matter to proceed in this District would burden jurors with a
case that has, at best, a distant relation to or impact on their
community. The interest in protecting jurors from sitting on a
case with such remote relevance to their own community weighs
heavily in favor of dismissal. See Alfadda v. Fenn,
159 F.3d 41, 46 (2d Cir. 1998).
The Court further notes that there is a considerable interest
in avoiding difficulty with questions of conflicts of law and the
application of foreign law. While reluctance to apply foreign law
is a valid factor favoring dismissal, the application of foreign
law does not, in itself, justify dismissal. See Boosey & Hawkes
Music Publishers, Ltd. v. Walt Disney Co., 145 F.3d 481, 492 (2d
Cir. 1998). Here, there is a strong probability that Philippine
law would apply.
For example, plaintiff has argued in connection with her libel
claims that "the substantive law of the Philippines must apply"
because "the tort occurred there and/or the Philippines has the
most significant relationship to the occurrence and the parties."
Plaintiff's Opposition Memo at 14 (citation omitted); Tr. at 41.
In support of her libel claims in New York, plaintiff also relies
upon the understanding of a "reasonable reader in the
Philippines." Plaintiff's Opposition Memo at 16.
Another example is even more illustrative because it involves a
specific Philippine statute, the Philippine Blocking Statute
("Statute"). The Statute prohibits the removal from the
Philippines of documents and information belonging to Philippine
corporations engaged in "the pursuit of national economic
development programs of the government of the Philippines and/or
engaged in the development, promotion protection and export of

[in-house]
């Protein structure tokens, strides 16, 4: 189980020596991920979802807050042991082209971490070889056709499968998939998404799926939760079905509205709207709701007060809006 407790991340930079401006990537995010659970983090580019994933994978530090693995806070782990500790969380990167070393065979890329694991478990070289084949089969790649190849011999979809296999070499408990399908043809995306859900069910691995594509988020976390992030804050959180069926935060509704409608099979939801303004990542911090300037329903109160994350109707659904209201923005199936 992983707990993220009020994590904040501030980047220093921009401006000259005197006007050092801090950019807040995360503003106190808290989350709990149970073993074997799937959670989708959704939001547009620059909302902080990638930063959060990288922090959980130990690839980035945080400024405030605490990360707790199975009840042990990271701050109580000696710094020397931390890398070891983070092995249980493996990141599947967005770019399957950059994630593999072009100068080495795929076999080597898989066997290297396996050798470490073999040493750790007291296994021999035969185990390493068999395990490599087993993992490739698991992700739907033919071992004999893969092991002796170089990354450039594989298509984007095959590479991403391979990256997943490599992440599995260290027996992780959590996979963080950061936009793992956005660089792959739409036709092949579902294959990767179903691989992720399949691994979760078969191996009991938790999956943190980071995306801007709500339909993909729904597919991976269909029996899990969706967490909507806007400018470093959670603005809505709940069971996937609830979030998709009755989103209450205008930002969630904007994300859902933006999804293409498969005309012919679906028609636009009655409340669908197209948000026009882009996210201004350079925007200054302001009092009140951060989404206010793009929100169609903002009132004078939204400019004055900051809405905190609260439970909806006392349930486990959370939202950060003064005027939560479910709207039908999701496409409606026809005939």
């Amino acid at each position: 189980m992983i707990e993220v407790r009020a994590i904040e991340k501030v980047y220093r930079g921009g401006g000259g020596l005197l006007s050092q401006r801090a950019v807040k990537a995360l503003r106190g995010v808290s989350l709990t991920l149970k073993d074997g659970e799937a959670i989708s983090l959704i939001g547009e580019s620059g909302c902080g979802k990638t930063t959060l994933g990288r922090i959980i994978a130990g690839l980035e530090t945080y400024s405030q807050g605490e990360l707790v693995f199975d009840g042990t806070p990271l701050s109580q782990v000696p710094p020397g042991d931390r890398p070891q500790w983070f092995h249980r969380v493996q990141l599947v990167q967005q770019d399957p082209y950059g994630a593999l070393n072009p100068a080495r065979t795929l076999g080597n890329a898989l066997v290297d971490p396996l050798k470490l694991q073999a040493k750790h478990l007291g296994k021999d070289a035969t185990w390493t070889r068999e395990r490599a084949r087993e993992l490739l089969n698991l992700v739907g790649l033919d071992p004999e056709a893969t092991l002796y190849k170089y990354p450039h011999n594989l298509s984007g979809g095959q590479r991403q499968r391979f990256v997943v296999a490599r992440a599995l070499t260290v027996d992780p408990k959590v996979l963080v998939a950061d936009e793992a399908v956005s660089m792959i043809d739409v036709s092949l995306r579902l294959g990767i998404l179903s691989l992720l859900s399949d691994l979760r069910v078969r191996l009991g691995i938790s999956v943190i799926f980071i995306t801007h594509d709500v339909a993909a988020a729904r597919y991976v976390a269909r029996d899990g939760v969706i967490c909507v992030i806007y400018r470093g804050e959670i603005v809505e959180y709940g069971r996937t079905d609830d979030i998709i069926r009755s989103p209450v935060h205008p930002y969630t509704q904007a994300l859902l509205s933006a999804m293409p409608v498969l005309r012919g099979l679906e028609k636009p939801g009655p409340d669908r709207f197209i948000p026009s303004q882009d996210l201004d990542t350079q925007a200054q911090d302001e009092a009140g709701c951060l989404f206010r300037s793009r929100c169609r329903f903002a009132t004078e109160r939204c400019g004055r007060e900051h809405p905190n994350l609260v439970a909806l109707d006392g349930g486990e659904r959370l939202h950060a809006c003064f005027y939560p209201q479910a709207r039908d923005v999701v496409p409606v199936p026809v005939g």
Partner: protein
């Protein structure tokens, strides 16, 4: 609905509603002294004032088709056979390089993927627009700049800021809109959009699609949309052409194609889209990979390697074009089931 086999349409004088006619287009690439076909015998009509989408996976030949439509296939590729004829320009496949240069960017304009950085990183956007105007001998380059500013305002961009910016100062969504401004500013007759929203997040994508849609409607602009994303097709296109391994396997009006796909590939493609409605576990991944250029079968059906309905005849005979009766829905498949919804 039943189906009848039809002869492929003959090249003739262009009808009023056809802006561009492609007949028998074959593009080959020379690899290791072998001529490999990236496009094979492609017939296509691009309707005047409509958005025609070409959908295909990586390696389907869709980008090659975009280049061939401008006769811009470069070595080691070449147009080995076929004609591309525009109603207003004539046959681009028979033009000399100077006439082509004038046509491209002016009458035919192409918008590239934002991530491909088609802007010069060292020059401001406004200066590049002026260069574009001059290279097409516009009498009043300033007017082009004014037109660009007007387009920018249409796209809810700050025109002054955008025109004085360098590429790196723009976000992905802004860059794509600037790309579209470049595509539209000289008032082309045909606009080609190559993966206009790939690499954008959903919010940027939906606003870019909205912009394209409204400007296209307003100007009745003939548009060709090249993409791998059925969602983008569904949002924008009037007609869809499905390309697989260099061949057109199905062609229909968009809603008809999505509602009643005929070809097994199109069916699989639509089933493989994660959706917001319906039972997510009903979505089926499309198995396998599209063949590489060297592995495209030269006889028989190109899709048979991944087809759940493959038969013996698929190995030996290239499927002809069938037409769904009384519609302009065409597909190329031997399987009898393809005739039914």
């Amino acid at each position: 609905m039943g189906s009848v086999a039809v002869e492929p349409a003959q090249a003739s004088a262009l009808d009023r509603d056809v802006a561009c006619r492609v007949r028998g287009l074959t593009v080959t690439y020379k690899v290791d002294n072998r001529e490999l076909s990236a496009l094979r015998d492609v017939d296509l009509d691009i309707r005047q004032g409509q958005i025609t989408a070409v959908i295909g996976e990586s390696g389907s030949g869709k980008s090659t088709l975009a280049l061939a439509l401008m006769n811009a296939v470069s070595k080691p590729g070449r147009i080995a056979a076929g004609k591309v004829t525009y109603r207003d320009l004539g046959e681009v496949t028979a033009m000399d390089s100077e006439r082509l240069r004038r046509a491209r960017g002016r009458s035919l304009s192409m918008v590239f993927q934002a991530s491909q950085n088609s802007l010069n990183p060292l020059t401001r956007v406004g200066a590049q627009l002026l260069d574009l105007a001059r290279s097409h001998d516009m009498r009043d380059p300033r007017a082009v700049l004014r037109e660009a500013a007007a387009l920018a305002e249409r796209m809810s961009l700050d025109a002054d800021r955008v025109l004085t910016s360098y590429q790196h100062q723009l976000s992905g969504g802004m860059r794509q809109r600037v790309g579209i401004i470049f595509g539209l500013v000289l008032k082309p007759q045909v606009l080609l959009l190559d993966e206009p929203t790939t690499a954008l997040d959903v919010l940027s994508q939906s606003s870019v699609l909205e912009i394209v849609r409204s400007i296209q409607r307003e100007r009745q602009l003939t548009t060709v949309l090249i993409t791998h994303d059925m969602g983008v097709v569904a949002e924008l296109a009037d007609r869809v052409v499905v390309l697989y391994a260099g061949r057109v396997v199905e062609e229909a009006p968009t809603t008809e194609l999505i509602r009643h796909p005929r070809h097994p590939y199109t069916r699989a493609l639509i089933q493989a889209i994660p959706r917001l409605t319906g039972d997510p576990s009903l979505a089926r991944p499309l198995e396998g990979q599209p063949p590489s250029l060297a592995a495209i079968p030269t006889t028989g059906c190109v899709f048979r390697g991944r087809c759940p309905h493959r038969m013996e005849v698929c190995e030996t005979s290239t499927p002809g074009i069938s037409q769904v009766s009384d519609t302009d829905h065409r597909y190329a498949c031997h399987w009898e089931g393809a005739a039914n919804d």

Philippine products." See Singson Supp. Decl., ¶ 4.
Predictably, plaintiff's and defendants' legal experts, the
purported authorities on Philippine law, sharply disagree on the
relevance and application of the Statute to the documents and
testimony relevant to this litigation.
Defendants argue that the Statute may prevent the production in
New York of records from the four Philippine corporations; that a
violation of the Statute is punishable by fine and/or
imprisonment; and that the Statute creates delays in discovery
involving lawsuits outside of the Philippines. See
Patajo-Kapunan Supp. Decl., ¶ 8; Tr. at 13, 17-18, 47. In
contrast, plaintiff maintains that this Statute does not apply to
these four corporations and does not prohibit the production of
documents in New York because these corporations have never
engaged in the types of business covered by the Statute and were
formed for private investment purposes, such as investments in
real estate and the stock of public corporations, and the Statute
does not apply to private investments. See Declaration of
Erlinda K. Ilusorio, dated Jan. 29, 2000, ¶ 4; Singson Supp.
Decl., ¶¶ 4-6; Plaintiff's Surreply Memorandum in Opposition to
Motion to Dismiss at 2.
The Court finds that the Statute would, at a minimum,
complicate and delay discovery. However, if the action were to
continue in this District, and if the Statute were found to be
applicable to the four corporations relevant to this action, the
Statute could effectively make it impossible to obtain documents
and testimony for discovery and trial. See Transunion Corp.,
640 F. Supp. at 1217.
This Court lacks familiarity with Philippine law and believes
that the uncertain task of addressing questions of Philippine
substantive and procedural law is better left with the Philippine
courts. In reaching this conclusion, the Court is mindful of
Judge Friendly's observation:
[T]ry as we may to apply the foreign law as it comes
to us through the lips of the experts, there is an
inevitable hazard that, in those areas, perhaps
interstitial but far from inconsequential, where we
have no clear guides, our labors, moulded by our own
habits of mind as they
necessarily must be, may produce a result whose
conformity with that of the foreign court may be
greater in theory than it is in fact.
Conte v. Flota Mercante Del Estado,